As Anne Arundel’s Safe Stations continues to grow, county public safety officials are looking at issues regarding transporting people to addiction treatment centers.
Fire Department and mental health officials stress the program’s protocol — which has firefighters and police helping those looking for treatment who walk into a county firehouse or police department — has not affected emergency response time.
Capt. Russ Davies, spokesman for the Anne Arundel County Fire Department, said that means that if a crew has been assigned a Safe Stations patient and another emergency call comes in while they’re waiting for crisis responders, it could be forwarded to another station.
So while county fire Chief Allen Graves stressed firehouses still have the discretion to respond to larger emergency calls if they deem it more important, he said he’s discussed possibly driving the patients to wherever the closest crisis responder is so to cut down on the time they spend at the station.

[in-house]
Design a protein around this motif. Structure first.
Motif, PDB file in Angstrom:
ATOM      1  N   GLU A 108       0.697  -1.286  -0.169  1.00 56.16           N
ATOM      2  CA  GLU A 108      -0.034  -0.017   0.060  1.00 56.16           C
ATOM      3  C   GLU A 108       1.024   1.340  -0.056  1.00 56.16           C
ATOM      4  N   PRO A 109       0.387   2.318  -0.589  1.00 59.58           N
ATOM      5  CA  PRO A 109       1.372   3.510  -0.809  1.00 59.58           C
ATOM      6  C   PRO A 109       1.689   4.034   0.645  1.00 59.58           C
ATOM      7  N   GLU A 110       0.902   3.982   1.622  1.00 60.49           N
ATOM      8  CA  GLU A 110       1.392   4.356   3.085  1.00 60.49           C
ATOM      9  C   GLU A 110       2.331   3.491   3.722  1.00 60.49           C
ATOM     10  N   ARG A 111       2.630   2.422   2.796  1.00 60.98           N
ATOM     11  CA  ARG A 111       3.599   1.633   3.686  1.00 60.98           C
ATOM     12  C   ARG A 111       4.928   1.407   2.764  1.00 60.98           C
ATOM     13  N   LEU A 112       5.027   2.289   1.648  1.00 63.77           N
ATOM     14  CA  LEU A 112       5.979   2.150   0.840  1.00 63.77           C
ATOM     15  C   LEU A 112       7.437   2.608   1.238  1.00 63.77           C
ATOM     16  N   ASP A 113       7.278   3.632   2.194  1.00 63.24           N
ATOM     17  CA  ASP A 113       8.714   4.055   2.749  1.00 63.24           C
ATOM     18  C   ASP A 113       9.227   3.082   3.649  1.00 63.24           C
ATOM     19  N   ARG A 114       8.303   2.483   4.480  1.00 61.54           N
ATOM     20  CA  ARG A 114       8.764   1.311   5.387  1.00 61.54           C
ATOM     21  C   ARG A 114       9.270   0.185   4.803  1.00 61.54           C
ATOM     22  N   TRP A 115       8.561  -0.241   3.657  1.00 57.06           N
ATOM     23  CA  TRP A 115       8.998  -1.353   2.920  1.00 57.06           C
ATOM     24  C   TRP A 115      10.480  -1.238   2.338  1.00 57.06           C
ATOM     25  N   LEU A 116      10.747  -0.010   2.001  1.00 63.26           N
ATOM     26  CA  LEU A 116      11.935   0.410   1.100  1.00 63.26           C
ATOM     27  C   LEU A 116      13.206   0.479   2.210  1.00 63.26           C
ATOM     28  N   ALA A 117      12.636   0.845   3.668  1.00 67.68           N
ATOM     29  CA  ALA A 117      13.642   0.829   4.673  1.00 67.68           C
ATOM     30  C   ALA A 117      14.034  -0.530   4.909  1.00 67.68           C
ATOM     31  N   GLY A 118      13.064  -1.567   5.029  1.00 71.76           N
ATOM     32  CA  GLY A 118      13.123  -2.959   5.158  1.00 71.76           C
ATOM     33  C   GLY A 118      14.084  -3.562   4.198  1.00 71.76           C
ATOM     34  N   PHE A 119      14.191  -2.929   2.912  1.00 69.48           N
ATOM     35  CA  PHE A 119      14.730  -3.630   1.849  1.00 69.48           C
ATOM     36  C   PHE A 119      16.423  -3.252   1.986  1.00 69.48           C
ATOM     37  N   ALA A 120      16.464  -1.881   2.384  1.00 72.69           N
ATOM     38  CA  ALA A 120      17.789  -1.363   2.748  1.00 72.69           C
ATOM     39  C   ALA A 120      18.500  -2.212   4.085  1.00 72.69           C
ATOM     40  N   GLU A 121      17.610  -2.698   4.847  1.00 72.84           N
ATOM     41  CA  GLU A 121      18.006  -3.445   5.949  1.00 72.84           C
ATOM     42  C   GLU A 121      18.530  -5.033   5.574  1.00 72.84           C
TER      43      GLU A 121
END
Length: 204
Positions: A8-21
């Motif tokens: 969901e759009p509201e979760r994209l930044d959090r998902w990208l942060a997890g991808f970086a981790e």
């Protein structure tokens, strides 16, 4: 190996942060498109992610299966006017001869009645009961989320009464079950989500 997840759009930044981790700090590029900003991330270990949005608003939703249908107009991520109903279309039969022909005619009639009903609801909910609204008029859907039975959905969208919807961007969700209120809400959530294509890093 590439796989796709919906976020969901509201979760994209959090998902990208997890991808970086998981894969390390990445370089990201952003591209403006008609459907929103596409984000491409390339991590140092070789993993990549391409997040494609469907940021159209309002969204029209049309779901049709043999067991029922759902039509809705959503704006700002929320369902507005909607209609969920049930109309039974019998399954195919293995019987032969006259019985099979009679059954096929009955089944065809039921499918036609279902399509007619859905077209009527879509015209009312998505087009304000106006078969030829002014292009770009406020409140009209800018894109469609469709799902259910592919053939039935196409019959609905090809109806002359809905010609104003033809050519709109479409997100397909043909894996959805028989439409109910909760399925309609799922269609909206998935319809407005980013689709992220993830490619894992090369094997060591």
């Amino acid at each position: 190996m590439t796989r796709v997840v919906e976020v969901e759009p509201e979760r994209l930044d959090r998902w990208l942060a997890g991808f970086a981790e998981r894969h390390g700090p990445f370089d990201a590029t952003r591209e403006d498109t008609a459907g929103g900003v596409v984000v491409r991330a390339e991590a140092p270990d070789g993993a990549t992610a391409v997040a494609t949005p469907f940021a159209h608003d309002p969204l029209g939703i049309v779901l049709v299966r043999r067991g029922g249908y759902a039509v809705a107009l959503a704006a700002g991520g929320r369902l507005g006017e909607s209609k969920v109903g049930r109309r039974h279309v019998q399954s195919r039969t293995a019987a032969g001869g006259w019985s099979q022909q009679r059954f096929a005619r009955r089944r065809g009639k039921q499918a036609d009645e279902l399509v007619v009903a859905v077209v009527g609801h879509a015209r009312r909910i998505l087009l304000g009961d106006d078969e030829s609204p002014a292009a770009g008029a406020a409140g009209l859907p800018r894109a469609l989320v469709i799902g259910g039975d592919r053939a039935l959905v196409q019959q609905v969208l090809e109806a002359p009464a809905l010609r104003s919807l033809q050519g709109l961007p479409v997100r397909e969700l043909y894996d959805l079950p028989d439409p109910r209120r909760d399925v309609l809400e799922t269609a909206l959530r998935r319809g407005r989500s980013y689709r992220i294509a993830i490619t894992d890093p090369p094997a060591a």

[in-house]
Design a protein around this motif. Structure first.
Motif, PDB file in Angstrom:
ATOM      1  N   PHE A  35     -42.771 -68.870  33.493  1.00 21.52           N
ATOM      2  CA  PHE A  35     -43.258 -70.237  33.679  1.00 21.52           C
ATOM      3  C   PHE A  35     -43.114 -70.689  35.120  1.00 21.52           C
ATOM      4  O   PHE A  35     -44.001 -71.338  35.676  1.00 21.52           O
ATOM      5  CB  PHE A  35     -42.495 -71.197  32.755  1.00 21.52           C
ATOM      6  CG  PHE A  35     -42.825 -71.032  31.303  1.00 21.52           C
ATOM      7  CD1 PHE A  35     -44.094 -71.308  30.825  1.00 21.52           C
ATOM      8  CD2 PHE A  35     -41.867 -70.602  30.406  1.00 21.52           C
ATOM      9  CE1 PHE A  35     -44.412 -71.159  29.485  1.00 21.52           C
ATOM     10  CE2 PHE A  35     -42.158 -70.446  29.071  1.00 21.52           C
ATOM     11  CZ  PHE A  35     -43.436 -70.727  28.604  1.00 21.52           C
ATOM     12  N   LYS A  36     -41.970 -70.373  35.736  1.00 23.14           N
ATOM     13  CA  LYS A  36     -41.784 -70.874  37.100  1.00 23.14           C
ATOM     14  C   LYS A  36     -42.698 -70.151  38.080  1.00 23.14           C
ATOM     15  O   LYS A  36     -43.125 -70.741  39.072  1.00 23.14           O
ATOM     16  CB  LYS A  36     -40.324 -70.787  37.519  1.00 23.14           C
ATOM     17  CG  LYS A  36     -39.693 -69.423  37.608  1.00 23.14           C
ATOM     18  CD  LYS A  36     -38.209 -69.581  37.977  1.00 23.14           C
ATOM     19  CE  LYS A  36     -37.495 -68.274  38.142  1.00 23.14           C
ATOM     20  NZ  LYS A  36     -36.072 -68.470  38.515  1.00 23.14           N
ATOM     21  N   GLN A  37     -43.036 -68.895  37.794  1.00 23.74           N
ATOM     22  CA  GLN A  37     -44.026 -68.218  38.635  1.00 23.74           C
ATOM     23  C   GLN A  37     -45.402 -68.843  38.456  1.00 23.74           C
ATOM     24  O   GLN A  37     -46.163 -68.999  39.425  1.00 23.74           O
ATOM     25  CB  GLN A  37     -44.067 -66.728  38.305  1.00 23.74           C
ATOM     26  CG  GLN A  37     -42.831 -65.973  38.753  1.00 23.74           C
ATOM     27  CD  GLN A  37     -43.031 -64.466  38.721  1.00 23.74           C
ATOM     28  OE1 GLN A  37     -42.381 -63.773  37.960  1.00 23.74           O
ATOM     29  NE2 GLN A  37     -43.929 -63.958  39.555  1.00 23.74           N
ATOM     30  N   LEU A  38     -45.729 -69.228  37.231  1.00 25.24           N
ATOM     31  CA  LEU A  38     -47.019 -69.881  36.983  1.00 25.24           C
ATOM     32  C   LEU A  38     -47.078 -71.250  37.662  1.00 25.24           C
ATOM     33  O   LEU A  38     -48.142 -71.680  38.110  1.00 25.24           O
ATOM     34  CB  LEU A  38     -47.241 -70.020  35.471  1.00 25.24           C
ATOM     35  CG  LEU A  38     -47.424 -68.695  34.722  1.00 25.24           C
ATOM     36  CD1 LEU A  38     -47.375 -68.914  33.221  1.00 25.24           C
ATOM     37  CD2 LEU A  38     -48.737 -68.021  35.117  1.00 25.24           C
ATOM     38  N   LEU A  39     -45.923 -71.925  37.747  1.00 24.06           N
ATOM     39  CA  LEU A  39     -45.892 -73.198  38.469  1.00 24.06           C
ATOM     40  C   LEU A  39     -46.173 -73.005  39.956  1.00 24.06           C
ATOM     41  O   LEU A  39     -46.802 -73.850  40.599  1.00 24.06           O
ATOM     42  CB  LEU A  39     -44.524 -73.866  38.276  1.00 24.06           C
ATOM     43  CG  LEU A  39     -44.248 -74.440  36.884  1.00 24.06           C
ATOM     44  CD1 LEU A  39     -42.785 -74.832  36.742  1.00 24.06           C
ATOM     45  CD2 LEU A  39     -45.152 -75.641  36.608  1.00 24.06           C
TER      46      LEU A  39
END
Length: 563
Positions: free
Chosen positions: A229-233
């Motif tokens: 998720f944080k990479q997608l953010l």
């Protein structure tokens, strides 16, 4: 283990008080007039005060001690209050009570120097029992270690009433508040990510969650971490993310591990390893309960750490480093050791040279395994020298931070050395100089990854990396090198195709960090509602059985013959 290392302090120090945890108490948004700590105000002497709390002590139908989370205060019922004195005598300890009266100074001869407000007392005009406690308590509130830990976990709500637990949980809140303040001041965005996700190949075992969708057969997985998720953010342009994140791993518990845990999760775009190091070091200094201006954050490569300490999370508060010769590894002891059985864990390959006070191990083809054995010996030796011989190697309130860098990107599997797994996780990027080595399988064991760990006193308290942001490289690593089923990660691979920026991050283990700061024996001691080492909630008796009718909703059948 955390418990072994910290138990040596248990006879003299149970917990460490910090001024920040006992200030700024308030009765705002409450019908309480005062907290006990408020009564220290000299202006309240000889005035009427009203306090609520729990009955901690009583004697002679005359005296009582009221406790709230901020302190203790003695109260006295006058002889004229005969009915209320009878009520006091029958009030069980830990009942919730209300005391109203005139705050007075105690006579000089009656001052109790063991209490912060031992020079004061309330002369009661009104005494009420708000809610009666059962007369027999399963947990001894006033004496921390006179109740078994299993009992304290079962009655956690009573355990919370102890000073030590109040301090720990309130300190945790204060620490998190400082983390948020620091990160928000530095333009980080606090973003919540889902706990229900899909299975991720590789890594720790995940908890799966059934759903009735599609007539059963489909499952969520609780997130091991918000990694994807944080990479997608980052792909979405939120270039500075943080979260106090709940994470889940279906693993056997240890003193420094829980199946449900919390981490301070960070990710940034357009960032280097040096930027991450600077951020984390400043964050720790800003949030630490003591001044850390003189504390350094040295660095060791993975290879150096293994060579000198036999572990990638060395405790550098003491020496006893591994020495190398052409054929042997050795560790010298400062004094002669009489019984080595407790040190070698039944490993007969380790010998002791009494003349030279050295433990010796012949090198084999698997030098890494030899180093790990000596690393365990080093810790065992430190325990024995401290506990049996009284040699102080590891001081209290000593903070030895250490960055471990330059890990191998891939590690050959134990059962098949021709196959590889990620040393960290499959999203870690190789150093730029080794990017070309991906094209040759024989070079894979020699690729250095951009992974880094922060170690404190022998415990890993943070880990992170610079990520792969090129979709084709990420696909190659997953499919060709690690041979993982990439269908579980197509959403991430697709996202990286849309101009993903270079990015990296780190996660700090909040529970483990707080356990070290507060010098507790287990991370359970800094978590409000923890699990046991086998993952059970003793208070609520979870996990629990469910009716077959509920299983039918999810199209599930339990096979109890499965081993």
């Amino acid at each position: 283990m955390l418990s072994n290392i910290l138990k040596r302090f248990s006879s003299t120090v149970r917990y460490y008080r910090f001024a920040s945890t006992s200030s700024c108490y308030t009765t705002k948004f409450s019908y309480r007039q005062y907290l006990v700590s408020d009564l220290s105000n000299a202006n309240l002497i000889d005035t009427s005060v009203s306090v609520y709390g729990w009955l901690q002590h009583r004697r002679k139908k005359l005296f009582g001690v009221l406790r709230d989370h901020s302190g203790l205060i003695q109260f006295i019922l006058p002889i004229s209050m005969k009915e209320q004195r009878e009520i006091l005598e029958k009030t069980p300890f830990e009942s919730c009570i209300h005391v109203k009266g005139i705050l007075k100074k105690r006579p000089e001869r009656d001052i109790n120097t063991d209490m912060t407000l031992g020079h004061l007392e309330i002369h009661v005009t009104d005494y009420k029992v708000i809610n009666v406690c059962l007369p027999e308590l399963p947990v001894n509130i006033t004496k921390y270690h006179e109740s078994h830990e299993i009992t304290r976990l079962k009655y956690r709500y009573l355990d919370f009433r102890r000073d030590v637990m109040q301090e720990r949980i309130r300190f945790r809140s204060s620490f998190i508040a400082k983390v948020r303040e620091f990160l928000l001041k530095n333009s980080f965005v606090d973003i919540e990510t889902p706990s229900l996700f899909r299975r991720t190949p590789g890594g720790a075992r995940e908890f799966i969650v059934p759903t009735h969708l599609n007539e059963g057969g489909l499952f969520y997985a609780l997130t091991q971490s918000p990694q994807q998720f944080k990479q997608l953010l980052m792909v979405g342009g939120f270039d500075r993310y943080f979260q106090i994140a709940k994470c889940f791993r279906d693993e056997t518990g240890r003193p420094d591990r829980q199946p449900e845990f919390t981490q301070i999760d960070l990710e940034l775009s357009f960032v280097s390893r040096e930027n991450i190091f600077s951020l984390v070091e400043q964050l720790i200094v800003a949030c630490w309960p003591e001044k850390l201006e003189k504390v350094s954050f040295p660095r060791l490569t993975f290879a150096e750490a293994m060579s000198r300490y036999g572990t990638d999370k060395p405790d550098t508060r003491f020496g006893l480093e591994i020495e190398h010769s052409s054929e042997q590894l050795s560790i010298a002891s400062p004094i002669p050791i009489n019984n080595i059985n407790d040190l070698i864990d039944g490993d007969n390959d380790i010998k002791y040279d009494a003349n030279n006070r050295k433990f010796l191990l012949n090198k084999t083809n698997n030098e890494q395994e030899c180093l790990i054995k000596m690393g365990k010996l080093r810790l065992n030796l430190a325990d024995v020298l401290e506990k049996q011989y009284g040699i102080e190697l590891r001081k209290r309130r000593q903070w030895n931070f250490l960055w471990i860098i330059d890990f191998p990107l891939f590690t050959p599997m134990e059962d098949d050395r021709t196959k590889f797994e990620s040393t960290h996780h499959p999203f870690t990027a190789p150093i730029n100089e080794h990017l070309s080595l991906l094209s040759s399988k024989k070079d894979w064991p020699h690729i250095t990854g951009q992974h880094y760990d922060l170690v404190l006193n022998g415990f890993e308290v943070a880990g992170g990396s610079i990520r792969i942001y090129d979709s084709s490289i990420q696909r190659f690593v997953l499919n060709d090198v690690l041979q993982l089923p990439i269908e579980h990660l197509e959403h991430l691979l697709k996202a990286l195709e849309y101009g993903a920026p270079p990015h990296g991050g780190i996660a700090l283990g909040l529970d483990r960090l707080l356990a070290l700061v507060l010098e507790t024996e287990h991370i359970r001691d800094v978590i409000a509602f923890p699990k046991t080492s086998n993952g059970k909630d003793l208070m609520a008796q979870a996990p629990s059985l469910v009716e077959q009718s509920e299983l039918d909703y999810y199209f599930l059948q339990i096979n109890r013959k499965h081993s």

“I think that there’s that discussion of ‘Is it using resources?’” Graves said, but added he was “not aware of anywhere it’s caused any issues.”
According to statistics from the county Department of Health, the county has seen at least 117 Safe Station assessments per month since May.